The Many Faces of Cloud-How to Choose the Right Cloud Model

Loraine Lawson

If you've never seen "O Brother, Where Art Thou," by the Coen Brothers, you should. Not only does it include some amazing Bluegrass music -- which originated in my home state, thank you very much -- but it includes incredibly funny lines such as this gem, spoken by one Washington Hogwallop to his prison escapee cousin, Pete, after he's turned Pete and his friends in to the police:

"Sorry Pete! I know we're kin! But they got this Depression on, and I gotta do fer me and mine!"

What's that got to do with technology? Well, I'll tell you.

Lately, there's been a huge debate over the proper role of ESBs. I mean, forget the presidential race, this is where you'll find the real drama. It started with a TechTarget article, "SOA Complicated by ESB Proliferation," but really picked up steam after InfoWorld's David Linthicum wrote that he had been warning us about this problem for some time.

And it blew up from there. Joe McKendrick had a nice synopsis, if you're curious.

"But, Loraine," you may say, "I don't care about all that pie-in-the-sky, ivory tower debating. I just want to know what's right for me."

Exactly. Just like Washington Hogwallop, you've got this recession on and you've got to do for you and yours. If I may again quote "O Brother!" -- I'm with you fellas.

So, instead of getting in a tizzy about the ESB debacle, may I suggest you read ZapThink's recent whitepaper, "Design and Validate SOA in a Heterogeneous Environment?"

It's written to walk you through designing your own SOA. And -- this is my favorite part -- it tells you how you can use the technology you already have on hand. According to the whitepaper, you can use:

  • An integration server for SOA service externalization, core information mediation, management of information flow, registry/repository support, and connectors, adapters and APIs;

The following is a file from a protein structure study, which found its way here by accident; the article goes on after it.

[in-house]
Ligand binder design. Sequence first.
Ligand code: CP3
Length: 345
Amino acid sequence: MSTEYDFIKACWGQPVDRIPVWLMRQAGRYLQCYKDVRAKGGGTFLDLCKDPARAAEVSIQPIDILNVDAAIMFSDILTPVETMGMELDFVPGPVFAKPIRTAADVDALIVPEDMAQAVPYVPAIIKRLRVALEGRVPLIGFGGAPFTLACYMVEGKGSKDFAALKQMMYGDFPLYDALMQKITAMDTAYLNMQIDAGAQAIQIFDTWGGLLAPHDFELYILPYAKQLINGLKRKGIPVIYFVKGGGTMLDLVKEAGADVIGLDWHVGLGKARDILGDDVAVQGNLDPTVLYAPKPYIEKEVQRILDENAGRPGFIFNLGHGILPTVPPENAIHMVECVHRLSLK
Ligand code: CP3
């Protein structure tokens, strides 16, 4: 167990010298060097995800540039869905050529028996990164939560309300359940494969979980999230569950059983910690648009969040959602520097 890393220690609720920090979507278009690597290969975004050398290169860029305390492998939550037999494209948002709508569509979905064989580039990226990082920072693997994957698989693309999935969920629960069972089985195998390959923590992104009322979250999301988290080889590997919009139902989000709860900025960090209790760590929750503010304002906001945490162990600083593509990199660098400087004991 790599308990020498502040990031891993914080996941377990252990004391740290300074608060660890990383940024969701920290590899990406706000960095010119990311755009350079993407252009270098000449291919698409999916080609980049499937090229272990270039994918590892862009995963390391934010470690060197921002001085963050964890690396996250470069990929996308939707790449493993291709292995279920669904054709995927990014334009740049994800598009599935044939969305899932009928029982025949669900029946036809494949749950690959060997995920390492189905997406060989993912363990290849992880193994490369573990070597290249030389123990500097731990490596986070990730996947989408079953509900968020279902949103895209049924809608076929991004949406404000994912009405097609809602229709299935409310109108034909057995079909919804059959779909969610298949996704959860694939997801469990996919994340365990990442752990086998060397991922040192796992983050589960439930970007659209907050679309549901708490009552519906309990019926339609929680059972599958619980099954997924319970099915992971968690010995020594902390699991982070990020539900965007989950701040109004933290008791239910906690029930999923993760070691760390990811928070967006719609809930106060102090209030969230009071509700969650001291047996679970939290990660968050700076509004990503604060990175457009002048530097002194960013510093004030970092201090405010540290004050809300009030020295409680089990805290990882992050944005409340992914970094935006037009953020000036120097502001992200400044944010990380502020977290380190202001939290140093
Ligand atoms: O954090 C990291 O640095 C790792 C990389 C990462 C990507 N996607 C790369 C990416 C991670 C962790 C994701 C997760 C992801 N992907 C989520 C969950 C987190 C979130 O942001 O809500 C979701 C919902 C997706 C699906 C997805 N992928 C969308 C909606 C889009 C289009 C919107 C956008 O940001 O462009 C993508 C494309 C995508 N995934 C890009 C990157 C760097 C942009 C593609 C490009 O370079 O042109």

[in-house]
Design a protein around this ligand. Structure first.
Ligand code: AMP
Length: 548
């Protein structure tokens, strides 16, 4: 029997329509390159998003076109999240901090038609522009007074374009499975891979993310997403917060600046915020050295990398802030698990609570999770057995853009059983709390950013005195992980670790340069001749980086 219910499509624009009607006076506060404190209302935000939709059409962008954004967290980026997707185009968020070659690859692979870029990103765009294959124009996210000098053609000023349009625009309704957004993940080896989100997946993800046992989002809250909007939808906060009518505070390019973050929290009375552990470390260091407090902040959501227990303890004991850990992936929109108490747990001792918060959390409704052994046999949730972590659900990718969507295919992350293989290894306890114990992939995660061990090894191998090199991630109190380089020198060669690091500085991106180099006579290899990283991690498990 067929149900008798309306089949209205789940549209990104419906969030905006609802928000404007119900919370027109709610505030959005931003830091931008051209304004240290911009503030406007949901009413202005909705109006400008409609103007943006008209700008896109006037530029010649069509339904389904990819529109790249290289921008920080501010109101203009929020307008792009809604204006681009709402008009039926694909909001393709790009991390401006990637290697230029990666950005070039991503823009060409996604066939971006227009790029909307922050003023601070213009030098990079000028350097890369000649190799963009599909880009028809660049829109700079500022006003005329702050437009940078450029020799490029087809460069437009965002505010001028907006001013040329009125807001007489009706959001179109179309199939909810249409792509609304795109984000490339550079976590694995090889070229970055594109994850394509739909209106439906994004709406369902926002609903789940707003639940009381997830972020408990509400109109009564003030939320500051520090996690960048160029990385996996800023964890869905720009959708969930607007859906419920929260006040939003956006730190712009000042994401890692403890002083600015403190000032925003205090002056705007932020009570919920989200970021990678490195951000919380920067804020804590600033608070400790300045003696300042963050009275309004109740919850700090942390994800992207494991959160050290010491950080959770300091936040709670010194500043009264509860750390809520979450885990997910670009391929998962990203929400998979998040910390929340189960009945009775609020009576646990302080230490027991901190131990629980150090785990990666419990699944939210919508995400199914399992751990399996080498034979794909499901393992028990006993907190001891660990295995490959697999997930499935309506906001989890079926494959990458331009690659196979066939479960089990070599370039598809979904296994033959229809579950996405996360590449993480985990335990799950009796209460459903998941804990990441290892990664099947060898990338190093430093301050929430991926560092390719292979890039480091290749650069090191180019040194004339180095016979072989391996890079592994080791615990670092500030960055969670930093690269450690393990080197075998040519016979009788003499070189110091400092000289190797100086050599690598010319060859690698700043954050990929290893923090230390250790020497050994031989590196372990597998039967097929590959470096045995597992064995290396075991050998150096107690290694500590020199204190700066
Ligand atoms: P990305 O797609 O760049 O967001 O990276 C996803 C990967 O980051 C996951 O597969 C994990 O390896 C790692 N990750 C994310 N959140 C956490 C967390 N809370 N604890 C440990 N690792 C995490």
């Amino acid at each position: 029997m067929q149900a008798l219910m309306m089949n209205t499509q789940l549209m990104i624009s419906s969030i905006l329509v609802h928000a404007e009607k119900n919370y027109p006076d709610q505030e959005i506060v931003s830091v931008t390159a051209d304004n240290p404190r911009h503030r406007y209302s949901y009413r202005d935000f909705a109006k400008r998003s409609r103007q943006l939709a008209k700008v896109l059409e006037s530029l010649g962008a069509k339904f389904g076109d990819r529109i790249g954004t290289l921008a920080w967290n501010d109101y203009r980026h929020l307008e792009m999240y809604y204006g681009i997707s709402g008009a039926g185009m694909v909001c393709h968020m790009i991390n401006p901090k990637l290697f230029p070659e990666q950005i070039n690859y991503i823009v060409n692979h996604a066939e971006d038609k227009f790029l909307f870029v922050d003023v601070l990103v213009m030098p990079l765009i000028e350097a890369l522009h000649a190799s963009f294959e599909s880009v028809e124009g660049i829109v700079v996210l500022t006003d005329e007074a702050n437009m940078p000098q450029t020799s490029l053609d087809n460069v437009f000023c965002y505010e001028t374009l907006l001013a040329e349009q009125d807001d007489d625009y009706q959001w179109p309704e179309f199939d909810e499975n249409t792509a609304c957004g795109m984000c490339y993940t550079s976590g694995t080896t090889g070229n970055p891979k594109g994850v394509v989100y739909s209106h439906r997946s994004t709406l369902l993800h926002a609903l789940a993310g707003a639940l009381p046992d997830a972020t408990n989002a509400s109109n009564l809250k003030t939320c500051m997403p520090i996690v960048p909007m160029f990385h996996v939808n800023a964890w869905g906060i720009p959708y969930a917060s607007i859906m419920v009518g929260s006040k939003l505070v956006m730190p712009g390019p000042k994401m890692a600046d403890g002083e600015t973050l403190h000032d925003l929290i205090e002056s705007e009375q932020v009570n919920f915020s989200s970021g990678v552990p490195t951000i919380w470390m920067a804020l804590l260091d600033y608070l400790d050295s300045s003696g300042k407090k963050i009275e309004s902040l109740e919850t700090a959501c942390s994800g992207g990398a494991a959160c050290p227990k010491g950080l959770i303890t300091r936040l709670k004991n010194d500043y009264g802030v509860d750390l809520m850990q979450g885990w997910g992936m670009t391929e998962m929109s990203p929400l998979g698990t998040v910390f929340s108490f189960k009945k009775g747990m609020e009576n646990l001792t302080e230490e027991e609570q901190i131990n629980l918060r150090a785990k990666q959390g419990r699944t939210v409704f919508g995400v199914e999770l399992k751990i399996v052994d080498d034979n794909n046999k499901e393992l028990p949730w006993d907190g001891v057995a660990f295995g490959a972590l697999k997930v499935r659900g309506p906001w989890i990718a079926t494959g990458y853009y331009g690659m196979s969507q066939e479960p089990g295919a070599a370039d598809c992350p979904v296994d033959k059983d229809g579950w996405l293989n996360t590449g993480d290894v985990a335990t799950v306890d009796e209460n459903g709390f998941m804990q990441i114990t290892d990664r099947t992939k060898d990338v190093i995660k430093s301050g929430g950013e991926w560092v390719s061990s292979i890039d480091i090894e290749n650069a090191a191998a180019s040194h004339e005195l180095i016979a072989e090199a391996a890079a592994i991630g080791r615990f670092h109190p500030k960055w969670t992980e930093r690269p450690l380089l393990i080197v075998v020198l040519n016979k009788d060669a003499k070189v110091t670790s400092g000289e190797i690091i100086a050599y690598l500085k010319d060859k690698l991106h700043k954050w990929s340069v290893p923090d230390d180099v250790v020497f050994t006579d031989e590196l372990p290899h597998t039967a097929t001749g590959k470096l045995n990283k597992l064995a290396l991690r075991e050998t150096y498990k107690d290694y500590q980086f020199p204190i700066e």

• An application server for SOA service externalization, service development, some core integration capabilities, registry/repository support, SOBA development and some process integration capabilities;
  • and, gasp, an ESB! An ESB can be used for SOA messaging processing and management, service externalization, registry and repository support, some core integration capabilities, and connectors, adapters and APIs.

Who could've dared written such a revolutionary document, you might rightly ask? David Linthicum -- that's right, the same man who was practically burned at the stake for suggesting too many ESBs in a SOA might be a problem.

Yeh, I know. I've mentioned Linthicum a lot this week. My editors may taunt me, but to be fair, he does some good stuff on integration and SOA. And, in many cases, it's free -- which is unusual for good material.

Speaking of free -- did I mention this whitepaper is free? You just have to register with ZapThink, which is also free.

The paper doesn't just discuss technology, of course. That wouldn't be Linthicum's style. It also walks you through:

  • Understanding and identifying the core set of requirements for your SOA;
  • Design time and runtime SOA governance and how to determine whether you need one or both;
  • SOA testing, a much neglected and critical issue; and
  • Developing core services and service externalization.

There's also a brief section on how you can use iTKO LISA for service virtualization. I'm guessing there's some sort of sponsorship there, but I couldn't find a disclaimer about it, so maybe not.

 

Bottom line: Nobody's going to build your SOA for you -- unless, of course, you're willing to pay about $500 an hour, and then, yeah, OK, you're off the hook. But that's not the point. The point is, you've got to find a solution that takes care of your business needs.

 

No doubt, mistakes will be made. But to quote "O Brother!" one last time:

"...first you must travel a long and difficult road, a road fraught with peril. ... I cannot tell you how long this road shall be, but fear not the obstacles in your path."

And good luck.



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